For many, sea-level rise is a remote and distant threat faced by people like the residents of the Tuvalu Islands in the South Pacific, where the highest point of land is only 5 meters (15 feet) above sea level and tidal floods occasionally cover their crops in seawater.
Now, however, a recently published study by researchers from The Earth Institute at Columbia University and the International Institute for Environment and Development suggests that as much as 10 percent of the worlds population is vulnerable. In particular, the authors have found that many large cities face risks posed by rising sea level and increased storm intensity.
"Urban areas have traditionally been studied in a way that separates them from their physical surroundings," says Deborah Balk, a demographer with the Center for International Earth Science Information Network (CIESIN), a member of The Earth Institute at Columbia University. "We talk about urban issues as if they occur in a spatial vacuum, but you cant address these questions without understanding the spatial dimensions."
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26.07.2017 | Universität Zürich
Strength of tectonic plates may explain shape of the Tibetan Plateau, study finds
25.07.2017 | University of Illinois at Urbana-Champaign
Strong light-matter coupling in these semiconducting tubes may hold the key to electrically pumped lasers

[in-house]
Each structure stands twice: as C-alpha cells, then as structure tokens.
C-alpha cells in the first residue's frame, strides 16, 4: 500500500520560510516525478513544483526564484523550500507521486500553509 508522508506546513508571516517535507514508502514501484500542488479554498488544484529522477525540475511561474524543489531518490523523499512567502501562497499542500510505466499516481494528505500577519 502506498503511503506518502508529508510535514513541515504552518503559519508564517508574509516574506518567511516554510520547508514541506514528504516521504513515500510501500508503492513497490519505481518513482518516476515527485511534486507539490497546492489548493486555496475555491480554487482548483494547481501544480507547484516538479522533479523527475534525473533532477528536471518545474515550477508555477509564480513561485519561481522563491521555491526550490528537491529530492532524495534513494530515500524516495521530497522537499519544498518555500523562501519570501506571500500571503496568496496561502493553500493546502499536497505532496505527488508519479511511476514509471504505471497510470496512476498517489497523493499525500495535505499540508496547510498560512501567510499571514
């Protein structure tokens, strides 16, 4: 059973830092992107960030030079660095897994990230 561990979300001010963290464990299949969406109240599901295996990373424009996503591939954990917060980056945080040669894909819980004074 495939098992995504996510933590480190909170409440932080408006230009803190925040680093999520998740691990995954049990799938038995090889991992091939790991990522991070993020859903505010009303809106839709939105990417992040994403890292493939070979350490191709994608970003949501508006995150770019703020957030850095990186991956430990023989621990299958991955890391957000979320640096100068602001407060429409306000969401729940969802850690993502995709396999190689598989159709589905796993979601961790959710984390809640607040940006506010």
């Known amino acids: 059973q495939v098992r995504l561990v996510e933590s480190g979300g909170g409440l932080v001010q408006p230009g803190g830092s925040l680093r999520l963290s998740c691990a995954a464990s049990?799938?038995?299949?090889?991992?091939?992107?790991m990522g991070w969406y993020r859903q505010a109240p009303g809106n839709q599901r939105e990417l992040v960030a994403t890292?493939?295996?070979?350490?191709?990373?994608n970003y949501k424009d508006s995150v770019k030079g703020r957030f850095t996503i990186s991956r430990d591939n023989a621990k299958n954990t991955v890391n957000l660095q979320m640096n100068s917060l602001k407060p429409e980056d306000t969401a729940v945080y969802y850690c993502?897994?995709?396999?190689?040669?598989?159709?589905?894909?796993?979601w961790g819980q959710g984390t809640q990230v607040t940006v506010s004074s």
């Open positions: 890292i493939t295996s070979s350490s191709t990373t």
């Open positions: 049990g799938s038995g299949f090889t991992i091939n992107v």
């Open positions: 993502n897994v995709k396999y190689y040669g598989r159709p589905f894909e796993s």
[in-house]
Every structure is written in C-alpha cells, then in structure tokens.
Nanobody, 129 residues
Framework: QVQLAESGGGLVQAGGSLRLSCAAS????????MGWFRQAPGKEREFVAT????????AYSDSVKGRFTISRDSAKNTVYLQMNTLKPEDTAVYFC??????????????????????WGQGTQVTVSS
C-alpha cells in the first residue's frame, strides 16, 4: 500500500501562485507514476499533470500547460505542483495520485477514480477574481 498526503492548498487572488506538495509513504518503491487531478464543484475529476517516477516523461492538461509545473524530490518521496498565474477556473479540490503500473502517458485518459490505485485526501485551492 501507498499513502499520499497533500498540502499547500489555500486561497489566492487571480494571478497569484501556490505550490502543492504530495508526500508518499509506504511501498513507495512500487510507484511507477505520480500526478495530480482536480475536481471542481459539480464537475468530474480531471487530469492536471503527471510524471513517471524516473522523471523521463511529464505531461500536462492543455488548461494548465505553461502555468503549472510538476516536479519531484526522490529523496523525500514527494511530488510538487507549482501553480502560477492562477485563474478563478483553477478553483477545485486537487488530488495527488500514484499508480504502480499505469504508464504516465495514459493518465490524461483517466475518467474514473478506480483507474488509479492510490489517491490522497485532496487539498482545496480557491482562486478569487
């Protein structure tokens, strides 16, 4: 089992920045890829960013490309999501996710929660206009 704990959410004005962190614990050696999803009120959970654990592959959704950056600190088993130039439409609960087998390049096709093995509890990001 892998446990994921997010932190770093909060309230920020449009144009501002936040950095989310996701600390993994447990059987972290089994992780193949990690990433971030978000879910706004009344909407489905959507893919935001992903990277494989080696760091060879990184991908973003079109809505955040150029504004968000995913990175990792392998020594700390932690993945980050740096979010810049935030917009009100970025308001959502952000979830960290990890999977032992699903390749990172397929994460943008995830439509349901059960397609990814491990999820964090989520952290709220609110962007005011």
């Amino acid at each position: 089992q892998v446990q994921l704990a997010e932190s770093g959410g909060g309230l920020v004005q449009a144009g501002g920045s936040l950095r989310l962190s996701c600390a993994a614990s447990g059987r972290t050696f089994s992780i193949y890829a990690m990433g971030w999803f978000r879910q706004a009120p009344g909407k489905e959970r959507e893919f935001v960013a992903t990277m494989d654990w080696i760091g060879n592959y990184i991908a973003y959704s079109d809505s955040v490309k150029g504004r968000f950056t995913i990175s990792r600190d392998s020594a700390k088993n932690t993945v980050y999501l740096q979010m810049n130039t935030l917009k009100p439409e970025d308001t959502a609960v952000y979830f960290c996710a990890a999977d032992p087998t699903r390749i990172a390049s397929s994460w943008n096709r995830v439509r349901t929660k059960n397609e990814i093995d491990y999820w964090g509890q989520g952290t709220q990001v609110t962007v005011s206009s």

Light-matter quasi-particles can be generated electrically in semiconducting carbon nanotubes. Material scientists and physicists from Heidelberg University...
Fraunhofer IPA has developed a proximity sensor made from silicone and carbon nanotubes (CNT) which detects objects and determines their position. The materials and printing process used mean that the sensor is extremely flexible, economical and can be used for large surfaces. Industry and research partners can use and further develop this innovation straight away.
At first glance, the proximity sensor appears to be nothing special: a thin, elastic layer of silicone onto which black square surfaces are printed, but these...
3-D shape acquisition using water displacement as the shape sensor for the reconstruction of complex objects
A global team of computer scientists and engineers have developed an innovative technique that more completely reconstructs challenging 3D objects. An ancient...
Physicists have developed a new technique that uses electrical voltages to control the electron spin on a chip. The newly-developed method provides protection from spin decay, meaning that the contained information can be maintained and transmitted over comparatively large distances, as has been demonstrated by a team from the University of Basel’s Department of Physics and the Swiss Nanoscience Institute. The results have been published in Physical Review X.
For several years, researchers have been trying to use the spin of an electron to store and transmit information. The spin of each electron is always coupled...
What is the mass of a proton? Scientists from Germany and Japan successfully did an important step towards the most exact knowledge of this fundamental constant. By means of precision measurements on a single proton, they could improve the precision by a factor of three and also correct the existing value.
To determine the mass of a single proton still more accurate – a group of physicists led by Klaus Blaum and Sven Sturm of the Max Planck Institute for Nuclear...
26.07.2017 | Event News
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26.07.2017 | Earth Sciences